After thyroid cancer diagnosis, survivor reprioritizes his health
MD Anderson Staff
Growing up in Lebanon, good health came easily to Vartkes Taktajian. Running, soccer and basketball filled many of the natural athlete’s hours. The husband and father of two felt robust until 1987, when he began experiencing a sharp pain in his neck and trouble breathing. By that time, Vartkes had been living in Houston and working for a local refinery for 13 years.
Assuming the pain and breathing troubles were due to a bad cold, Vartkes’ doctor prescribed cold medicine. “When I was shaving a few days after the appointment, I saw an egg-shaped bump in my lower neck,” he says. Vartkes went back to the doctor, who said he had a goiter or a thyroid nodule, and told him he needed surgery.
Prioritizing his health
“My outlook on health changed after that,” Vartkes says. “I never smoked or drank, but I realized I needed to be more purposeful about my treatment. I decided to always put my health first.”
In June 1987, after seeking a second opinion, Vartkes underwent an operation to remove the growth. But the surgeon stopped mid-procedure after discovering he couldn’t remove the tumor without significantly affecting the trachea or surrounding tissues. He told Vartkes’ family that the tumor was pressing on the windpipe, and that Vartkes had about six months to live.
“That’s when my family said, ‘We want to move him to MD Anderson,’” says Vartkes, who had a cousin and a friend who worked here at the time.
Vartkes’ anaplastic thyroid cancer treatment
At MD Anderson, his doctor conducted a biopsy and gave Vartkes the news: he had stage IV anaplastic carcinoma of the thyroid. The rare, invasive thyroid cancer is characterized by rapid growth. Its invasion into surrounding tissues typically makes surgery a non-viable treatment.
But Vartkes didn’t take the news as a death sentence, and neither did his medical team. They started him on a month-long regimen of daily radiation therapy, along with six months of intravenous chemotherapy treatments of adriamycin and cisplatin.
Vartkes dealt with side effects that included weight loss and nausea, but was back at work within three months. By November 1987, the tumor had shrunk, and a biopsy showed no signs of cancer. “A family friend saw me and said, ‘It’s so good to see you alive,’” Vartkes says. “Doctors called me the ‘miracle man.’ I think everybody was more worried than I was. I always knew I was going to be fine.”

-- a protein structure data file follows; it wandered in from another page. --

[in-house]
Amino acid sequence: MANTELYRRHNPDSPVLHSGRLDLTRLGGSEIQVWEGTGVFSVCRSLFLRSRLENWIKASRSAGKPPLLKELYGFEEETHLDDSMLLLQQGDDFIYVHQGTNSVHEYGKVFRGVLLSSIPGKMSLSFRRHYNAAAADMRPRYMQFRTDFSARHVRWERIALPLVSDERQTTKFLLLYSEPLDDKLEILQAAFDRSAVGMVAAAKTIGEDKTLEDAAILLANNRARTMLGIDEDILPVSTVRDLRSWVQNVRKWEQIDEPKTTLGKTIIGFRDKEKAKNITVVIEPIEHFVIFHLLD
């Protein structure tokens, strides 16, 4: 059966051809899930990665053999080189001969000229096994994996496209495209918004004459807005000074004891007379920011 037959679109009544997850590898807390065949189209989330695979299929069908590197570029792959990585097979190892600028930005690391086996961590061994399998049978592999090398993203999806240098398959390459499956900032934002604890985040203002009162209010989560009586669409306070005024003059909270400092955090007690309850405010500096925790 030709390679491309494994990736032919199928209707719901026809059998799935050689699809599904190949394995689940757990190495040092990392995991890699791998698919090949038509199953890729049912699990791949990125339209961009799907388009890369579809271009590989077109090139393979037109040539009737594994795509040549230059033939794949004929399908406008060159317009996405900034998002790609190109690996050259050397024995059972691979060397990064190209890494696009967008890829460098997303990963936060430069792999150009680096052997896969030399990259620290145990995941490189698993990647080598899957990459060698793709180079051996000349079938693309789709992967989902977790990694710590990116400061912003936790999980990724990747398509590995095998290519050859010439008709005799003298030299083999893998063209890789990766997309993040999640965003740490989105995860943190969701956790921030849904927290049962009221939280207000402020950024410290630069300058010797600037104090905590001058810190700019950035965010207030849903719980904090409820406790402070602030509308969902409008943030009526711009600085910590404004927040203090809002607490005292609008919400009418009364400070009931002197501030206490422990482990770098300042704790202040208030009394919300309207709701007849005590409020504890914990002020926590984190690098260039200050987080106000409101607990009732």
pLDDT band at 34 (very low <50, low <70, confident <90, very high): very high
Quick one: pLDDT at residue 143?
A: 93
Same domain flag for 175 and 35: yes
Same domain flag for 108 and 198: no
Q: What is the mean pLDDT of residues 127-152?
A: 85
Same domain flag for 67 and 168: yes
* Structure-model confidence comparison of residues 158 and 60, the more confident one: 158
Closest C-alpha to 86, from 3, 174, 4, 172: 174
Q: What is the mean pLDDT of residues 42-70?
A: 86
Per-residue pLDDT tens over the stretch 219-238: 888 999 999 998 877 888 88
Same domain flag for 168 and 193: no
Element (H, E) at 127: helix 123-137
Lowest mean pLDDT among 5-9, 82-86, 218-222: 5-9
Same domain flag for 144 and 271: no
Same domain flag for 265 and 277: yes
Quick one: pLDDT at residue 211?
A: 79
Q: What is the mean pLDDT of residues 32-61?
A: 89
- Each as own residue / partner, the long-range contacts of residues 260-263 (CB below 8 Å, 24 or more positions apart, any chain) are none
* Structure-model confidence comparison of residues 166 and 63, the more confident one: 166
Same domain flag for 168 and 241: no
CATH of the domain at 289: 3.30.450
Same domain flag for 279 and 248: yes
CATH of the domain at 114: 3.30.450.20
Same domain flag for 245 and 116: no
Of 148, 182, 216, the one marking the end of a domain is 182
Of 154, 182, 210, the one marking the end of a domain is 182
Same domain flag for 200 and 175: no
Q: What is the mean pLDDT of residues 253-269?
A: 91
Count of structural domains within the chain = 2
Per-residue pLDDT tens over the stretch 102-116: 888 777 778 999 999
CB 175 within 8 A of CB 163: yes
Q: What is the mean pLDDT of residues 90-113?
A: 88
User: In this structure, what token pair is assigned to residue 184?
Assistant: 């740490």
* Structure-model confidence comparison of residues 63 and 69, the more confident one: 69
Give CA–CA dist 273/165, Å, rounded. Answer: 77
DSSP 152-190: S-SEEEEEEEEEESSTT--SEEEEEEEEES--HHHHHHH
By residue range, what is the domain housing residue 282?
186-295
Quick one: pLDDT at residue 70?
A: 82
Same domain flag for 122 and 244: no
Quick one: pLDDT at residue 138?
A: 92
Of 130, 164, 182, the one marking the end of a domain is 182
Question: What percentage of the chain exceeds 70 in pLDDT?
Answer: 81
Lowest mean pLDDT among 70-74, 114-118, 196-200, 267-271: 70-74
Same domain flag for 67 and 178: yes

A continuum of care
For the next decade, Vartkes came to MD Anderson for bi-annual checkups, and he continued to show no signs of cancer. Eventually, the visits became annual. But that changed in February 2003, when Vartkes couldn’t overcome months of coughing and was having difficulty breathing.
He returned to MD Anderson, where doctors discovered he had partial necrosis of the right lung. Ara Vaporciyan, M.D., removed the collapsed, dead tissue surgically.
After the surgery, Vartkes had checkups with Steven P. Weitzman, M.D., at MD Anderson in Sugar Land. A November 2016 CT scan showed nodules on his left lung. It was metastatic cancer from the original thyroid cancer, which remains undetectable. On Feb. 21, Mara Antonoff, M.D., performed surgery at our Texas Medical Center Campus to remove the nodules from his left lung.
“I am very satisfied,” Vartkes says. “The doctors here are excellent and helpful. They explain exactly what they are going to do and why.”
A healthy outlook
While Vartkes has experienced a few setbacks, he still considers himself fortunate to be alive 30 years after his original thyroid cancer diagnosis.
“I feel really good,” he says. “I walk every day with my wife, Arpie, and I don’t eat fast food. I’m very watchful of my health. We also pray together, which strengthens our faith in God. We give all the glory to Him for what He has done for me.”
Now in his 70s, Vartkes is focused on staying well. “I’m a fighter,” he says. “Even after all of these years, I don’t give up. I look forward. And I thank all of the wonderful doctors at MD Anderson for the great care they have provided.”
When he meets others facing cancer, Vartkes tells them, “If I were you, I would go to MD Anderson. If I hadn’t gone to MD Anderson, I wouldn’t be talking to you today.”